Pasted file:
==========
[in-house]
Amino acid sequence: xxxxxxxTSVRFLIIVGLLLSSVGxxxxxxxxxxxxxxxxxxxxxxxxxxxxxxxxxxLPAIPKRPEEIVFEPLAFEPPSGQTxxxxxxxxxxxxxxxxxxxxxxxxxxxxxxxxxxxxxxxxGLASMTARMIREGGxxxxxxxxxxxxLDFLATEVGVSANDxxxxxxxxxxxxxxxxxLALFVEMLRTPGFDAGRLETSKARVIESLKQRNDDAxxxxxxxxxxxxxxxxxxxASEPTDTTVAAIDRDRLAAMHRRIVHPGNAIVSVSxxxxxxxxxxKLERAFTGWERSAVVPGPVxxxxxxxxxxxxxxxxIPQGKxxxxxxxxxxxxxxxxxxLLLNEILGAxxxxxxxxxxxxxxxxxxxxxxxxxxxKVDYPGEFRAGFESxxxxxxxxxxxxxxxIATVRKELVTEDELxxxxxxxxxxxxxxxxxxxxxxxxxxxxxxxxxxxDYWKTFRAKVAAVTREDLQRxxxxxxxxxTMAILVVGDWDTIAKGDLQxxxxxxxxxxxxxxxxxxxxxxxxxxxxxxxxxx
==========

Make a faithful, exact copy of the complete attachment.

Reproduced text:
[in-house]
Amino acid sequence: xxxxxxxTSVRFLIIVGLLLSSVGxxxxxxxxxxxxxxxxxxxxxxxxxxxxxxxxxxLPAIPKRPEEIVFEPLAFEPPSGQTxxxxxxxxxxxxxxxxxxxxxxxxxxxxxxxxxxxxxxxxGLASMTARMIREGGxxxxxxxxxxxxLDFLATEVGVSANDxxxxxxxxxxxxxxxxxLALFVEMLRTPGFDAGRLETSKARVIESLKQRNDDAxxxxxxxxxxxxxxxxxxxASEPTDTTVAAIDRDRLAAMHRRIVHPGNAIVSVSxxxxxxxxxxKLERAFTGWERSAVVPGPVxxxxxxxxxxxxxxxxIPQGKxxxxxxxxxxxxxxxxxxLLLNEILGAxxxxxxxxxxxxxxxxxxxxxxxxxxxKVDYPGEFRAGFESxxxxxxxxxxxxxxxIATVRKELVTEDELxxxxxxxxxxxxxxxxxxxxxxxxxxxxxxxxxxxDYWKTFRAKVAAVTREDLQRxxxxxxxxxTMAILVVGDWDTIAKGDLQxxxxxxxxxxxxxxxxxxxxxxxxxxxxxxxxxx